Other Lesson Plans
Chapters 36 and 37
biling: slang complaining
bullyrag: to abuse, to threaten
counterpin: counterpane, bedspread
knocked the cat galley-west: slang out of kilter, cockeyed
1. Describe what Tom is referring to when he says, “It ain’t right, and it ain’t moral.” Does Huck apply the same level of moral examination to the way something is accomplished? Which approach seems to be more practical and to show more humanity?
Tom thinks it’s not right that they will use picks to dig out the tunnel instead of using caseknives. He agrees to use picks so long as they still “let on” or pretend that they are only using caseknives. Meanwhile, Huck admits that he doesn’t care about the “morality” of the way things are done—all he cares is that the thing is accomplished. In this case, a pick is the best and fastest tool, so Huck plans to use one. Huck’s approach is more practical and more humane because it shows his first priority is freeing Jim from being detained as a prisoner. Meanwhile, Tom treats Jim as if he is a pawn in a game and not a person in chains.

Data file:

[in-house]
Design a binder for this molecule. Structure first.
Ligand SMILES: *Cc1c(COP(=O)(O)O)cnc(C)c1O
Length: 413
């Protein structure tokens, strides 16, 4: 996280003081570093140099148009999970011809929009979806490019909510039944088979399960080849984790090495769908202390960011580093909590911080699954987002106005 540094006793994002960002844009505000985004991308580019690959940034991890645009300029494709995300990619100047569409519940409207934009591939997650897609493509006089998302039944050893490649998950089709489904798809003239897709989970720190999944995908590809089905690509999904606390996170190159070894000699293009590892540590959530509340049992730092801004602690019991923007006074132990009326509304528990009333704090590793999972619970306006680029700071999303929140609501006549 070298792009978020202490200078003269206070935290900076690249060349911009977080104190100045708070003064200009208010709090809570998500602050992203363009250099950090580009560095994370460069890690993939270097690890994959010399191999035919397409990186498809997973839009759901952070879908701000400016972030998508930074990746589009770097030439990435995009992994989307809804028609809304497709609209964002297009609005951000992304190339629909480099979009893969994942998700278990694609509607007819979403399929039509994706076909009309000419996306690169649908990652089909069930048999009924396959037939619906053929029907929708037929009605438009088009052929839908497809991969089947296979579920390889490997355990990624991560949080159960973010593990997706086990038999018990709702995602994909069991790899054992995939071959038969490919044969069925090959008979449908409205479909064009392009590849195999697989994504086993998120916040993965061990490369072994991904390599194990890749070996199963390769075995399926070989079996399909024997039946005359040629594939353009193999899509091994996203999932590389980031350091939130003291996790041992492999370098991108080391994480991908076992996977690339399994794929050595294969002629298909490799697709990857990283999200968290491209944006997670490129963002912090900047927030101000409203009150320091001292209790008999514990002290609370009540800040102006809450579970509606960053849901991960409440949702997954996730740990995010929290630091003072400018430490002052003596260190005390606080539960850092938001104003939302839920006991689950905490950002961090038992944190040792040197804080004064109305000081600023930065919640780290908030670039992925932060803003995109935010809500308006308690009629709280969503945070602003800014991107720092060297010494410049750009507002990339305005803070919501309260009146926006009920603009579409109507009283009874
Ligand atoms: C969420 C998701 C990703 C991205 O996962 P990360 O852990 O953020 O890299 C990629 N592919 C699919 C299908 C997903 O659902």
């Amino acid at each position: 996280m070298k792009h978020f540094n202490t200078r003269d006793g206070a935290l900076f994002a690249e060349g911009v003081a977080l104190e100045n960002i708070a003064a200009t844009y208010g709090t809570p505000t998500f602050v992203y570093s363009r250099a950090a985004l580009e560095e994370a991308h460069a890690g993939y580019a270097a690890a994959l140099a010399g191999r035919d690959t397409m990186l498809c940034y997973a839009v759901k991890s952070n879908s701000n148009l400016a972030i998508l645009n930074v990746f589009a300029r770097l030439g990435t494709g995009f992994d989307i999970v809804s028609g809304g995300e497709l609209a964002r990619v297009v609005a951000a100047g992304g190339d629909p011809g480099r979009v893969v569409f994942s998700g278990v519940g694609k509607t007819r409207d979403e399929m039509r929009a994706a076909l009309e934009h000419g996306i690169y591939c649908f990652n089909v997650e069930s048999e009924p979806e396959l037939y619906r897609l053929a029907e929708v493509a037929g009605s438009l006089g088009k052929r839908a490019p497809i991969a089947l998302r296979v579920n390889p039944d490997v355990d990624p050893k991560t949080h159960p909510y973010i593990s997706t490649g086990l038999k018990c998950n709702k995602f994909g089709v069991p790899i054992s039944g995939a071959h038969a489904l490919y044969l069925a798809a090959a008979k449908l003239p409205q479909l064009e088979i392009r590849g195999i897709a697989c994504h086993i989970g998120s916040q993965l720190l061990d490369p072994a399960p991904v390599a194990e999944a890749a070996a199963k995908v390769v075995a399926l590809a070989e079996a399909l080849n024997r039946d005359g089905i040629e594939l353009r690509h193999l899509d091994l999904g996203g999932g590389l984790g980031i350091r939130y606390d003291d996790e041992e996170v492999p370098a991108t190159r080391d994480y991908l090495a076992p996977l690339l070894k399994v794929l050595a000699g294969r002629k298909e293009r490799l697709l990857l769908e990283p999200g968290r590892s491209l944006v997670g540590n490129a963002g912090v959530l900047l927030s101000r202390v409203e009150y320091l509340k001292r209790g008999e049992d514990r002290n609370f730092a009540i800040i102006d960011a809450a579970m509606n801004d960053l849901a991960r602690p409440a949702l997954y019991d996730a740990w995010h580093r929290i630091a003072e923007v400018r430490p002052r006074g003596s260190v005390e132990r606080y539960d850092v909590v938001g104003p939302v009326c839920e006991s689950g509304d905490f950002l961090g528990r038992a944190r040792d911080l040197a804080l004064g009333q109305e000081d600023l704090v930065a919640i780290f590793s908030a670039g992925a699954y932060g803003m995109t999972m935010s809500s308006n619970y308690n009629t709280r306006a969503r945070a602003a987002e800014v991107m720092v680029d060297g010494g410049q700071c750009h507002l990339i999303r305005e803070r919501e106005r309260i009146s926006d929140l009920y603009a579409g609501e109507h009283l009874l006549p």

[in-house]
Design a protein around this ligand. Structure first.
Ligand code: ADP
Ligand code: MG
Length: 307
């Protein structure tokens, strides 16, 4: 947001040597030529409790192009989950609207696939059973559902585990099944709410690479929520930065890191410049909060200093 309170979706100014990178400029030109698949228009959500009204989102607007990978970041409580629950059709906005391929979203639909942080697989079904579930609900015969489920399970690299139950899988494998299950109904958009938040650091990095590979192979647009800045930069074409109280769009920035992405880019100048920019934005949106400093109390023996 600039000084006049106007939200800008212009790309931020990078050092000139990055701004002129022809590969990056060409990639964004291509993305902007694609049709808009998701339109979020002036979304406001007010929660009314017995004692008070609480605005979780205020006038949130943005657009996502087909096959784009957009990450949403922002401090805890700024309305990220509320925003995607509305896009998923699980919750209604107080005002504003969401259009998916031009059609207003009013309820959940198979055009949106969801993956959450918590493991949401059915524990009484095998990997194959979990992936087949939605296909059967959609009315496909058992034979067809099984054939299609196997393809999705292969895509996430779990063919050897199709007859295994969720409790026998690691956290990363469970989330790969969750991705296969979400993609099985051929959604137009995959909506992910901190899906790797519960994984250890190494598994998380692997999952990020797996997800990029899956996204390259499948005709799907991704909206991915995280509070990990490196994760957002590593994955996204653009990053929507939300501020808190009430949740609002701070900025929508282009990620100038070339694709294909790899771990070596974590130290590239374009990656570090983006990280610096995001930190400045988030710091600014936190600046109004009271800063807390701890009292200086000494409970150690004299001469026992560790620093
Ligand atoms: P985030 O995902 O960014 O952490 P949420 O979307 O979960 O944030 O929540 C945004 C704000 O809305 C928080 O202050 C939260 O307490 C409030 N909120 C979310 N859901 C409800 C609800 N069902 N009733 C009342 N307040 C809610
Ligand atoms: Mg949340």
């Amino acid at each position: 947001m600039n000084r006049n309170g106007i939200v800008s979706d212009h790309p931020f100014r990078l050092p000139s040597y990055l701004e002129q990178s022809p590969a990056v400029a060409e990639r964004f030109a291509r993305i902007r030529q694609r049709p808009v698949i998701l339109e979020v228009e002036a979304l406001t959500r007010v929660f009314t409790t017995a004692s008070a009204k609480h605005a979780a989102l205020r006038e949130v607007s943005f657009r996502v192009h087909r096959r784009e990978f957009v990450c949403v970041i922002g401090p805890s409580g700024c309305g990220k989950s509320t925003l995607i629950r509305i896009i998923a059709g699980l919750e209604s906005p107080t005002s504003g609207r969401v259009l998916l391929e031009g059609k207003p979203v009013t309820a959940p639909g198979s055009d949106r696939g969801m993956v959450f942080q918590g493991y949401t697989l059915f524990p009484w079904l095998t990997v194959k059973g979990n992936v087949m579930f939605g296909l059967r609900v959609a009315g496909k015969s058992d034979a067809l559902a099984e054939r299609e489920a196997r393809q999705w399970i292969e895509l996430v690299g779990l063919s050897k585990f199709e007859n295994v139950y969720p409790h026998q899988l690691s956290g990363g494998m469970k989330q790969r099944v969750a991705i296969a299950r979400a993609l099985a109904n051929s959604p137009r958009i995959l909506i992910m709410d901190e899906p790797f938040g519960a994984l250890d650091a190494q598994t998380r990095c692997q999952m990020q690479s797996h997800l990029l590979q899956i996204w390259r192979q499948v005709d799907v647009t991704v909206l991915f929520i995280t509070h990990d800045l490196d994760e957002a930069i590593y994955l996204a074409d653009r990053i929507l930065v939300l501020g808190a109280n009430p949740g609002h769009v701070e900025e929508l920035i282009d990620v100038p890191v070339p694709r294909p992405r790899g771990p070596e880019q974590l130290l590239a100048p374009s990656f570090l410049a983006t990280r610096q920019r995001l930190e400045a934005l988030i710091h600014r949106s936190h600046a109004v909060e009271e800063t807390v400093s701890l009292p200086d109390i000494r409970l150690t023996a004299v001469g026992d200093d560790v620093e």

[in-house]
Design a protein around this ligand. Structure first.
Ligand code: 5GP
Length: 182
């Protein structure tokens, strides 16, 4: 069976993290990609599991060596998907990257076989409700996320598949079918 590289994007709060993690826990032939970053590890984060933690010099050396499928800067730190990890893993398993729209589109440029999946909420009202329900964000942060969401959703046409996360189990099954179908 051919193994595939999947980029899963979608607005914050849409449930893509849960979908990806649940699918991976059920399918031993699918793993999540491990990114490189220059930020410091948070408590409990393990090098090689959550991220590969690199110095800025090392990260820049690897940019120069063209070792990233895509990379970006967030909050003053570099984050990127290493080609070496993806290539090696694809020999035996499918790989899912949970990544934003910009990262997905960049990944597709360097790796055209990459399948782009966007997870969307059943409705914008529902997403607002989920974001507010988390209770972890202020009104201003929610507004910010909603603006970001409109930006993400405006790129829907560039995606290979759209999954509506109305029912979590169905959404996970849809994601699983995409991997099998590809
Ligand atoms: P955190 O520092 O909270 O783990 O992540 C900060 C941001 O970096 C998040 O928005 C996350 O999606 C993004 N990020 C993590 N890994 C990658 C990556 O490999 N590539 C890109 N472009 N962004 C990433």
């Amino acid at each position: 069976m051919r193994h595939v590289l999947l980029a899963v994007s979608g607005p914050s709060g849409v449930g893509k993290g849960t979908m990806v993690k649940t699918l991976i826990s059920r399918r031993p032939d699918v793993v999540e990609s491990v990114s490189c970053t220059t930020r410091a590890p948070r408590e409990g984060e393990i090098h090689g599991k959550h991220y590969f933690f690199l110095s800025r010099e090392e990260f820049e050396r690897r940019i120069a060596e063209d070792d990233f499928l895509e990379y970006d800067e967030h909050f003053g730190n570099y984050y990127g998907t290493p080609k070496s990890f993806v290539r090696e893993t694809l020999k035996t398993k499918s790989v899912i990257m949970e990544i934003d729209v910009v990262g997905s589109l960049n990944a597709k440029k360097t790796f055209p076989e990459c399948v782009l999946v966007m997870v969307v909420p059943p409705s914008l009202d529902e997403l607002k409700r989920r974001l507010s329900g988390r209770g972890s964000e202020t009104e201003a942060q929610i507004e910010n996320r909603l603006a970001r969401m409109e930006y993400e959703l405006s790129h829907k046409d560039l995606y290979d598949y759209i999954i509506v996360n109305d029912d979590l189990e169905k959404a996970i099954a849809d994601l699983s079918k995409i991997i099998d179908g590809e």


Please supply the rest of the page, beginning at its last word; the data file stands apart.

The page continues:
2. What is hypocritical about the way that Uncle Silas and Aunt Sally treat Jim?
They claim to be concerned with his well-being and come to pray with him, but at the same time, they are holding him prisoner until they get paid for turning him in.
3. After Tom has told Jim every detail of his overly complicated plan, what is Jim’s reaction? How does it echo Huck’s?
Jim realizes the plan is not sensible, but he agrees to it, as Huck says, because he “said we was white folks and knowed better than him.” Like Huck, Jim seems to realize that there is no arguing with Tom. Both of them understand that Tom’s imaginative plans are impractical, but they don’t feel have the confidence (in...
(The entire section is 674 words.)
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